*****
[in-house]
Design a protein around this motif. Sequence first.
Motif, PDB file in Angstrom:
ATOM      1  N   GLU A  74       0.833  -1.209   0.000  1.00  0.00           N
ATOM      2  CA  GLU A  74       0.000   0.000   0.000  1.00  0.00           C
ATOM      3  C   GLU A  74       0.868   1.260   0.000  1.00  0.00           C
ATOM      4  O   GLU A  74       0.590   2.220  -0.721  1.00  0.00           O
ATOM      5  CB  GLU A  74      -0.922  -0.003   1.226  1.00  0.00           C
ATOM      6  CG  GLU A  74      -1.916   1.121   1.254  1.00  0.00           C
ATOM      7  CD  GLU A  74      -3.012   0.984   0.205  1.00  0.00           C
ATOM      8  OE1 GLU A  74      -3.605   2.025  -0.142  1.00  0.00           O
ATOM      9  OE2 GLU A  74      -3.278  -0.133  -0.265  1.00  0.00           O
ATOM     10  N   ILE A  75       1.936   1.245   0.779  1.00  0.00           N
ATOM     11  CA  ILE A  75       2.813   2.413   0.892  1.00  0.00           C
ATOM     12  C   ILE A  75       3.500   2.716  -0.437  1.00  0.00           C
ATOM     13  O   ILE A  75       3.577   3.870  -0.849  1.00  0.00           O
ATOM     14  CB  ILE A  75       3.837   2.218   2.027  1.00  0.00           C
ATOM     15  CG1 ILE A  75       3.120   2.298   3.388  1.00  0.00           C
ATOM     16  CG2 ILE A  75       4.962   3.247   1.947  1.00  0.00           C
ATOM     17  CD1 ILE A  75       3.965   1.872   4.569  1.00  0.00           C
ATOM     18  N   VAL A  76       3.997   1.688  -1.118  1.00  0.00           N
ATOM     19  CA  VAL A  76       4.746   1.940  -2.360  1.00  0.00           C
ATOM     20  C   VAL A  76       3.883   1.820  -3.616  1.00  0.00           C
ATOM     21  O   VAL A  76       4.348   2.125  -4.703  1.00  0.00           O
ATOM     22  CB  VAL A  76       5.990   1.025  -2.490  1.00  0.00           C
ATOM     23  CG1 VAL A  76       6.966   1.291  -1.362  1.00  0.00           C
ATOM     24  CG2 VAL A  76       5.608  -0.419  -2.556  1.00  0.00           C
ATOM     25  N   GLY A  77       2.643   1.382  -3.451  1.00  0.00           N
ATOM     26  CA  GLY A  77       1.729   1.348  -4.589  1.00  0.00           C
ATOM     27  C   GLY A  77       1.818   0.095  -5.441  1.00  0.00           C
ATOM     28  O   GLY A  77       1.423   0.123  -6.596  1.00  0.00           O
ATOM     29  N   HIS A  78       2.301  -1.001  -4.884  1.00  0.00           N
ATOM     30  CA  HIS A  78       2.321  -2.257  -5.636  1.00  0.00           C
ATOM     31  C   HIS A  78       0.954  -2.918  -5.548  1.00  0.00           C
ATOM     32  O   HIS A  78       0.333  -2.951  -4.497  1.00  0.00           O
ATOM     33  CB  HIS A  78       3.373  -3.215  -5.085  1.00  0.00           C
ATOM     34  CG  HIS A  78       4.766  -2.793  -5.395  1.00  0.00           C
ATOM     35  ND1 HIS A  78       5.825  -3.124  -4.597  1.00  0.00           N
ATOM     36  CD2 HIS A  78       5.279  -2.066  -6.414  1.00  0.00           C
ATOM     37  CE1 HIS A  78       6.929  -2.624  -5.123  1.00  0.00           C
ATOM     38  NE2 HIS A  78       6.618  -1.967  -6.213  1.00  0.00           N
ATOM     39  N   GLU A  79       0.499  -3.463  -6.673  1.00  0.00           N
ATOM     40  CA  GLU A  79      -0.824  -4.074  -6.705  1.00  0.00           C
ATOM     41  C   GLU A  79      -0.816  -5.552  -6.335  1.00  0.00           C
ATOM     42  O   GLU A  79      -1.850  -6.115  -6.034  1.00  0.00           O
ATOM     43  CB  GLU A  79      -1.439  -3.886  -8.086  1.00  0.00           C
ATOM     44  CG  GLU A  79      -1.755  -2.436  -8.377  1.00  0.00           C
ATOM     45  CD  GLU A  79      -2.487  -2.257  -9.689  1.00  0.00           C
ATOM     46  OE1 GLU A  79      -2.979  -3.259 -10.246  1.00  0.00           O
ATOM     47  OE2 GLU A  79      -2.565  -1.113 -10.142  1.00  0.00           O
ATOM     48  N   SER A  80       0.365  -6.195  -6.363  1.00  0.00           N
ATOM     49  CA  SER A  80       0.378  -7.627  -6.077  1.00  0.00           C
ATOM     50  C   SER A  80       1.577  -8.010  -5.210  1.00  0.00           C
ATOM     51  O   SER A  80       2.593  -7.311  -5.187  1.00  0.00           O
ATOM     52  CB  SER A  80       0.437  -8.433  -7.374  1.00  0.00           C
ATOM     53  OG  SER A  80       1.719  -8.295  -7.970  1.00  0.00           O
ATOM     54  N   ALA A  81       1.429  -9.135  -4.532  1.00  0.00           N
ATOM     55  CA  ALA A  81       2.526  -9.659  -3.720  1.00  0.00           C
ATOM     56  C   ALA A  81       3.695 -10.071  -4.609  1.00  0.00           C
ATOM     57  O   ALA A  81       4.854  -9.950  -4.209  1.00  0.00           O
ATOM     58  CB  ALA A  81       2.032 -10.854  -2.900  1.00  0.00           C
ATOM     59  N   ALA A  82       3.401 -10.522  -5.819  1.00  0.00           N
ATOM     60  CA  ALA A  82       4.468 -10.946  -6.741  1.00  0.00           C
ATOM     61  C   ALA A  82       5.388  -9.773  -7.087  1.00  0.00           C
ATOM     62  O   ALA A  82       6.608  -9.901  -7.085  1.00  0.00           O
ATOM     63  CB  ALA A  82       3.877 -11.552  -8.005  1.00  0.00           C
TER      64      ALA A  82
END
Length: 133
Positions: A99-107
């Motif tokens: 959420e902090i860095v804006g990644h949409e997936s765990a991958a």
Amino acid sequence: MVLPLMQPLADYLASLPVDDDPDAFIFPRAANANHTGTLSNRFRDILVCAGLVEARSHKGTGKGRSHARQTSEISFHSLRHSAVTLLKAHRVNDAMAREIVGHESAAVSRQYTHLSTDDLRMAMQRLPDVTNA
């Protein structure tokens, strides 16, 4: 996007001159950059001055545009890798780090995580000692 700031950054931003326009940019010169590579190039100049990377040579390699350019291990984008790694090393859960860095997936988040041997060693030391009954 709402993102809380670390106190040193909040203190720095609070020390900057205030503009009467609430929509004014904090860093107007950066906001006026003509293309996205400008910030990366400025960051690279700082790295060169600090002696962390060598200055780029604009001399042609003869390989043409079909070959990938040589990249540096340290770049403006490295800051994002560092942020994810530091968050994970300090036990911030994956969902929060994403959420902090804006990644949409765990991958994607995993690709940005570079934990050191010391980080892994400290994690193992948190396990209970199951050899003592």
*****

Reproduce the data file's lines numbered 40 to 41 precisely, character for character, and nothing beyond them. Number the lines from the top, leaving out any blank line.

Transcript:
ATOM     37  CE1 HIS A  78       6.929  -2.624  -5.123  1.00  0.00           C
ATOM     38  NE2 HIS A  78       6.618  -1.967  -6.213  1.00  0.00           N